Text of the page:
City leaders should promote public transit, more shared streets

A plan to tax suburban Metra riders is a bad idea. Instead, discourage driving, especially for short trips. Instead, Chicago needs a system of shared streets to promote walking and biking.

SHARE City leaders should promote public transit, more shared streets
Bicyclists ride in the bike lanes on Milwaukee Avenue near California Avenue in Logan Square, Sept. 14, 2020.

Bicyclists ride in the bike lanes on Milwaukee Avenue near California Avenue in Logan Square, Sept. 14, 2020.

Ashlee Rezin/Sun-Times

Every day, tens of thousands of suburban residents drive cars to Chicago for our city’s cultural attractions, civic institutions, jobs and more. Those cars degrade the streets, air, safety and mobility of the people who live in Chicago.

So while we applaud the desire to have visitors help support the infrastructure they enjoy, the recent proposal from mayoral candidate Brandon Johnson to tax suburban Metra users will only drive more people into cars, further degrading residents’ quality of life. Instead of erecting barriers to public transportation, we must encourage Chicagoans and visitors to park their cars and use mass transit.

Perpetually clogged streets, soaring traffic crashes, sickening pollution and mounting deaths and injuries are the result of a decades-long love affair with personal cars. Since 2018, over 1.2 million people — the equivalent to nearly half of Chicago’s population — have been in a traffic crash. In 2022, over 200,000 people were involved in one of the 100,000 traffic crashes that occurred in Chicago. (City Traffic Data was analyzed for these statistics.)

The high number of crashes not only results in millions of dollars in damages, they also injure and kill hundreds of people simply trying to travel through the city. In 2022, over 150 people were killed by traffic violence.

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To get suburban visitors to support the infrastructure that they use, consider a congestion tax on drivers coming into the city, particularly downtown. Many cities have successfully implemented congestion taxes, unclogging streets, boosting transit use and raising revenue all at the same time.

Walking and rolling

Surely, there is much to be done to rebuild our anemic public transit systems, historically among the best in the nation, and a recent poll conducted by WBEZ underscores public frustration with CTA cleanliness, reliability and safety. Many of those interviewed have abandoned the system because it no longer serves their needs. Rebuilding transit will require building cleaner, safer and more reliable systems, but city leaders must also discourage residents from driving. This is especially true for short trips.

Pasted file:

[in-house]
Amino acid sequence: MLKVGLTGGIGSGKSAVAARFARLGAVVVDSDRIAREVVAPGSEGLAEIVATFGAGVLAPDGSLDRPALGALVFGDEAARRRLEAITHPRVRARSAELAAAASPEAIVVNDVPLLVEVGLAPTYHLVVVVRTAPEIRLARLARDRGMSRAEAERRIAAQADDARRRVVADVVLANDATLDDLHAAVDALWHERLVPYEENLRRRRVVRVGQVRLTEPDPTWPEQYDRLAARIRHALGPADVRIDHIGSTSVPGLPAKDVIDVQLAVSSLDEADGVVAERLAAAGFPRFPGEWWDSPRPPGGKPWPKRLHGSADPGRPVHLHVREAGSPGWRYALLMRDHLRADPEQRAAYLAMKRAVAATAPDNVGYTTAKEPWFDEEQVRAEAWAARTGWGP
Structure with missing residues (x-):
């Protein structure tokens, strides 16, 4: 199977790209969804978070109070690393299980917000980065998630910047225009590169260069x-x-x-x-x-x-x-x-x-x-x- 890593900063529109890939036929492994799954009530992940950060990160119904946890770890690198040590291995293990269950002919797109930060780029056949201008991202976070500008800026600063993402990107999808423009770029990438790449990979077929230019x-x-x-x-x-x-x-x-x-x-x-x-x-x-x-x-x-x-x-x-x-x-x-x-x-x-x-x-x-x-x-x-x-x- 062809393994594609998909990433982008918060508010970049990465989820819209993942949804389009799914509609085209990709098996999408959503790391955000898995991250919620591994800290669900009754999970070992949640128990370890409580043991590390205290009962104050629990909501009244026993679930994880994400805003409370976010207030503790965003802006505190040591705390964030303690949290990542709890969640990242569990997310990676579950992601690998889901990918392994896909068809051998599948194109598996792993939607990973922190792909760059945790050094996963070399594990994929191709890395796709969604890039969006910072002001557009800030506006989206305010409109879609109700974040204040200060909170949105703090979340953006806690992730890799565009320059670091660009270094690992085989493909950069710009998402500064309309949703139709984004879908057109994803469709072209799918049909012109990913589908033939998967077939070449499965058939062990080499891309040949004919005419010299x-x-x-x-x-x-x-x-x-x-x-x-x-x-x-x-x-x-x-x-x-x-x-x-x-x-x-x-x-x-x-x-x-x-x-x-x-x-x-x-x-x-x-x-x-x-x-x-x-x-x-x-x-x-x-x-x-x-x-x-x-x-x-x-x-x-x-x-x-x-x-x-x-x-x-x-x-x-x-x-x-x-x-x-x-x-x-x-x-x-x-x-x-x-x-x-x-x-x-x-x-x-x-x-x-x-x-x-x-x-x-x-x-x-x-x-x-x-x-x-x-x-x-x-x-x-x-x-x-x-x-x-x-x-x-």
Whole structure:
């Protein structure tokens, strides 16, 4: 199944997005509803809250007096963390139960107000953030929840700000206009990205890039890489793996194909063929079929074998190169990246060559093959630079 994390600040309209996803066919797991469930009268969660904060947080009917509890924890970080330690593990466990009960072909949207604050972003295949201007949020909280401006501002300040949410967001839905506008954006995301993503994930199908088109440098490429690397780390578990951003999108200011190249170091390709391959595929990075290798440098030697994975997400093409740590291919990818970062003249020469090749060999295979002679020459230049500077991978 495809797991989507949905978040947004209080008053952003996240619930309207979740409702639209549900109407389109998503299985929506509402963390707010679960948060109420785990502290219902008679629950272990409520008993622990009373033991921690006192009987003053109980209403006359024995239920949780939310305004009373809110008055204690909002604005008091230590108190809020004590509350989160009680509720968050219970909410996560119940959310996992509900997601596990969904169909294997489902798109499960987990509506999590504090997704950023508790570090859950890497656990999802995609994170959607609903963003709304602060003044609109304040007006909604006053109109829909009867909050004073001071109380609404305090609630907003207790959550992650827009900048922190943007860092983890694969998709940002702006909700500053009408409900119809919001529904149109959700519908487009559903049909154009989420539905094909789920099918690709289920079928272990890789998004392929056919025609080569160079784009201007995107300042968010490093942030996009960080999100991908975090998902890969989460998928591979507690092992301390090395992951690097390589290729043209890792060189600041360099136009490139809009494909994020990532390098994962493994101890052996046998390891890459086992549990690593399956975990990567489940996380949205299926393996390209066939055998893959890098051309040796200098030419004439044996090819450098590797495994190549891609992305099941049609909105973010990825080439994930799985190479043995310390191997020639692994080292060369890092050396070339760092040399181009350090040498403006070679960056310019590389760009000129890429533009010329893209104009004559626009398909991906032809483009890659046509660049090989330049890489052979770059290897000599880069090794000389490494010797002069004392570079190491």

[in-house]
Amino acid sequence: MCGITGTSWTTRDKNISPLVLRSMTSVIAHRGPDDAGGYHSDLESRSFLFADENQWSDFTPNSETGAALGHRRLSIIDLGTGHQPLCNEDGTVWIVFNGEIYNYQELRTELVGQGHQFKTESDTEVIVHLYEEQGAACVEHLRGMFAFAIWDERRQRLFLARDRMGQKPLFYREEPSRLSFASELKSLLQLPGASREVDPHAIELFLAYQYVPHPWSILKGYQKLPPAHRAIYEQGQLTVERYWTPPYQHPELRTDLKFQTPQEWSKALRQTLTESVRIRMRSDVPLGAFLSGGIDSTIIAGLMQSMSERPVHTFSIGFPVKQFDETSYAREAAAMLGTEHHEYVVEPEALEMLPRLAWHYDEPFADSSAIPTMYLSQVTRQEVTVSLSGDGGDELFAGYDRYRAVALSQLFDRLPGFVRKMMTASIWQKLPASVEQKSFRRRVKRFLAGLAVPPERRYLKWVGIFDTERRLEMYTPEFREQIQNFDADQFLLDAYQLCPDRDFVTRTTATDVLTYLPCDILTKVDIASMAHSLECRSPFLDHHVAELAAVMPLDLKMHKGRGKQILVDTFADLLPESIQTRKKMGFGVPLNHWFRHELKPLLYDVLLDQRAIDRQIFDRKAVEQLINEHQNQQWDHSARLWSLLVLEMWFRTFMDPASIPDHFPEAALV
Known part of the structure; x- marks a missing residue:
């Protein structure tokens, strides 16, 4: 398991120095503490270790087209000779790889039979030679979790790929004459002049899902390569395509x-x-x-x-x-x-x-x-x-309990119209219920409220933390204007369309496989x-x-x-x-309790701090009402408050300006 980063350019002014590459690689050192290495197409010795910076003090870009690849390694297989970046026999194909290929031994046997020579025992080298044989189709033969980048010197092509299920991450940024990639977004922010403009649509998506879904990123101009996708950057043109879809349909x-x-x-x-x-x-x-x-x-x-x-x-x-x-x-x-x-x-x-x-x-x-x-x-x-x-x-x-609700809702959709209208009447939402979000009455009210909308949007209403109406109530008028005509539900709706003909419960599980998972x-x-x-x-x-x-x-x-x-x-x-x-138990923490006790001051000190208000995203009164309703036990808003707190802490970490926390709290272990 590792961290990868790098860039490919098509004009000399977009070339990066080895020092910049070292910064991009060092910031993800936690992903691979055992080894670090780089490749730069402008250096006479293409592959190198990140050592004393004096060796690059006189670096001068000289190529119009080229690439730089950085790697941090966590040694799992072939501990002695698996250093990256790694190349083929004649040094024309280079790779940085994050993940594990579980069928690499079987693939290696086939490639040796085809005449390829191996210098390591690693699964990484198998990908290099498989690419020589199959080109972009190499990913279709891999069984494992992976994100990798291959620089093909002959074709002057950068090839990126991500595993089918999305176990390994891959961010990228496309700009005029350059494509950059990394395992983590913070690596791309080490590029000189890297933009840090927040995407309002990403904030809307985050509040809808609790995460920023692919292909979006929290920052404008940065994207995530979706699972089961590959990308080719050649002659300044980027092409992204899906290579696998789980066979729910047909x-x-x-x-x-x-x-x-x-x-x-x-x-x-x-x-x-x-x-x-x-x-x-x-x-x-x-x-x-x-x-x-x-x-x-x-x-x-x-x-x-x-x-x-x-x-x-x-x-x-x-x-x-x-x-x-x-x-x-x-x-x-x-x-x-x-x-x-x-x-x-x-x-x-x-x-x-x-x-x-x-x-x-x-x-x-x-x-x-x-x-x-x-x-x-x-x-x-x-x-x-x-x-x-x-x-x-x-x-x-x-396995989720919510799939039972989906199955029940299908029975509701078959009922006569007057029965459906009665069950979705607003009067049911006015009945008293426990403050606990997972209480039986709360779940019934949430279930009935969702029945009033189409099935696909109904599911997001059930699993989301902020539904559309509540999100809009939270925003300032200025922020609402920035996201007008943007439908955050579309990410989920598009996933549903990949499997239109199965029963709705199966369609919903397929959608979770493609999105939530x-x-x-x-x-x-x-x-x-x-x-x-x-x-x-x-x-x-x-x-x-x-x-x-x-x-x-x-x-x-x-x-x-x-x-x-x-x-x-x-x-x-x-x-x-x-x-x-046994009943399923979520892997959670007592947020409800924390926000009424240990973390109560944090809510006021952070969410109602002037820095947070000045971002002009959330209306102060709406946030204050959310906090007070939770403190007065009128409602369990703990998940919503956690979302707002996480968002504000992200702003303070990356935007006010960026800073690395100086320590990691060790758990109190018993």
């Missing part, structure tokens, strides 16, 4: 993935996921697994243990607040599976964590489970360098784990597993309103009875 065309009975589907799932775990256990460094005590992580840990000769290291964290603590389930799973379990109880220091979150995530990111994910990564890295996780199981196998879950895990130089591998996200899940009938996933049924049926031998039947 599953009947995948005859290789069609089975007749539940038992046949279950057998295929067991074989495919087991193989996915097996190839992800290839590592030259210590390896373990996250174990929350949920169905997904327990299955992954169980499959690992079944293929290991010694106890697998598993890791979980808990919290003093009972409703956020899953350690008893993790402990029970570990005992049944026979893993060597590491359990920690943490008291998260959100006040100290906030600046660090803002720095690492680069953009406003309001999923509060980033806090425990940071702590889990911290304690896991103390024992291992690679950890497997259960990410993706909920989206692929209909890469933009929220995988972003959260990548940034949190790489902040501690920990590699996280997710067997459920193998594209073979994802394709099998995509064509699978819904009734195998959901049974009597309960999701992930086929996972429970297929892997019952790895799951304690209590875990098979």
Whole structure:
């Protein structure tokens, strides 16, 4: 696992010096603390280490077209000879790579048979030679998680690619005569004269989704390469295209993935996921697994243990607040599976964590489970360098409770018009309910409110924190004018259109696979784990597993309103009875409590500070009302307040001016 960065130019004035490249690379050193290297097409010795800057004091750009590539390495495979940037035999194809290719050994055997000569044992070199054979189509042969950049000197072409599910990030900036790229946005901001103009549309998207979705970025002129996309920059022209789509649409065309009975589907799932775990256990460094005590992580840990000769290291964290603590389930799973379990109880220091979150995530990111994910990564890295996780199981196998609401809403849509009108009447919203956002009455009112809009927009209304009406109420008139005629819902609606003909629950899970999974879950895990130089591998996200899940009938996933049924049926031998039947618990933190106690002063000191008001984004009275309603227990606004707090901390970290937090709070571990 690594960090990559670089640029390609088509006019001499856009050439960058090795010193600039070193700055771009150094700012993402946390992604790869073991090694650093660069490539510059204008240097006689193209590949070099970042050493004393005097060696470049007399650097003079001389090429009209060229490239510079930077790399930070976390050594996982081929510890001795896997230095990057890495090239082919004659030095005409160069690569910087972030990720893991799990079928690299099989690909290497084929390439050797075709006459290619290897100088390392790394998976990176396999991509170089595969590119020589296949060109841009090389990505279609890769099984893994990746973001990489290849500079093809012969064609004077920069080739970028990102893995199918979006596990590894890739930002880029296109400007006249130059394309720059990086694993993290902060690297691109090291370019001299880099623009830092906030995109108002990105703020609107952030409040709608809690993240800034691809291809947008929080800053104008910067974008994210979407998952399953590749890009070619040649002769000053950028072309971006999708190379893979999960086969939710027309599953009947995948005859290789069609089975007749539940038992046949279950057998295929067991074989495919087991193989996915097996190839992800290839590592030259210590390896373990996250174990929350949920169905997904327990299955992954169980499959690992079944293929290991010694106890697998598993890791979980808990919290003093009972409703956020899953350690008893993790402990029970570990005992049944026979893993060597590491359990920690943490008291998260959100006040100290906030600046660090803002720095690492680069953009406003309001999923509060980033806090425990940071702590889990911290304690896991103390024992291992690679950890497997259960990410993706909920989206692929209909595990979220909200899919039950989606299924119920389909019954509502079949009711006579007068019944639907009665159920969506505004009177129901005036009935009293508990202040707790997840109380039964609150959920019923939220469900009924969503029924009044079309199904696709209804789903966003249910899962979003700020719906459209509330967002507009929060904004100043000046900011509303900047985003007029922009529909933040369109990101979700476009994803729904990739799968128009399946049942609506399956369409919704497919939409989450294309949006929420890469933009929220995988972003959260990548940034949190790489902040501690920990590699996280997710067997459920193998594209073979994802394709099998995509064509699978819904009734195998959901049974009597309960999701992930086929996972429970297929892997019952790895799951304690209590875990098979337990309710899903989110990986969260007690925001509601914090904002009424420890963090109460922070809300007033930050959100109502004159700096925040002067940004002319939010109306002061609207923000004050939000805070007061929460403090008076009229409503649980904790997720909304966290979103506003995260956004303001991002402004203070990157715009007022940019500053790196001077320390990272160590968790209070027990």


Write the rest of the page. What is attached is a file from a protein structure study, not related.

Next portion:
For these shorter trips, it is crucial that Chicago develop a system of shared streets. The Chicago Department of Transportation successfully rolled out dozens of shared streets during the pandemic. Before the program was shuttered, nearly 55% of people wanted to see Shared Streets expanded. Our vision at Chicago Bike Grid Now! is to designate 10% of the city’s 4,500 miles of streets as a shared street system that prioritizes people walking and rolling (on wheels) over those in cars.

A shared street layout would utilize Chicago’s existing grid system to create a connected network of pedestrian and bicycle-centered streets, allowing residents to move safely and easily through their neighborhood and the city. The current patchwork of start-and-stop bicycle lanes, trails and greenways is ineffective at best and dangerous at worst.

Slowing down traffic

Shared streets on the bike grid would be designed for traffic moving at 10 mph and would have traffic-calming mechanisms like limited access, curb bump-outs, and chicanes — curb extensions or islands to force drivers to slow down. CDOT has already demonstrated that these conversions can happen quickly and economically by using temporary infrastructure until upgrades can be made permanent.

Other features of shared streets include the elimination of thru traffic and people allowed to bike two or more abreast.

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Since city officials adopted “Vision Zero” in 2017 with the goal of eliminating deaths caused by traffic violence, over 500 Chicagoans have been killed in car crashes. These are pedestrians, cyclists and drivers. They are parents, grandparents and our children. They are more than numbers. We know how to prevent traffic deaths. The answer is to discourage driving personal cars and encourage active transportation alternatives like walking, cycling, and taking transit. Urban engineers have known since the 1960s that widening streets and accommodating cars only leads to more traffic and all of its negative impacts. Now is the time for vision and action.

Chicago Bike Grid Now! has asked elected officials to endorse a bike grid in Chicago. As of this writing, 40 mayoral and aldermanic candidates have pledged to pursue this vision. We hope that others will as well. We cannot wait. We deserve safer streets now.

Rony Islam and Andrew Mack are organizers with Chicago Bike Grid Now!

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The views and opinions expressed by contributors are their own and do not necessarily reflect those of the Chicago Sun-Times or any of its affiliates.

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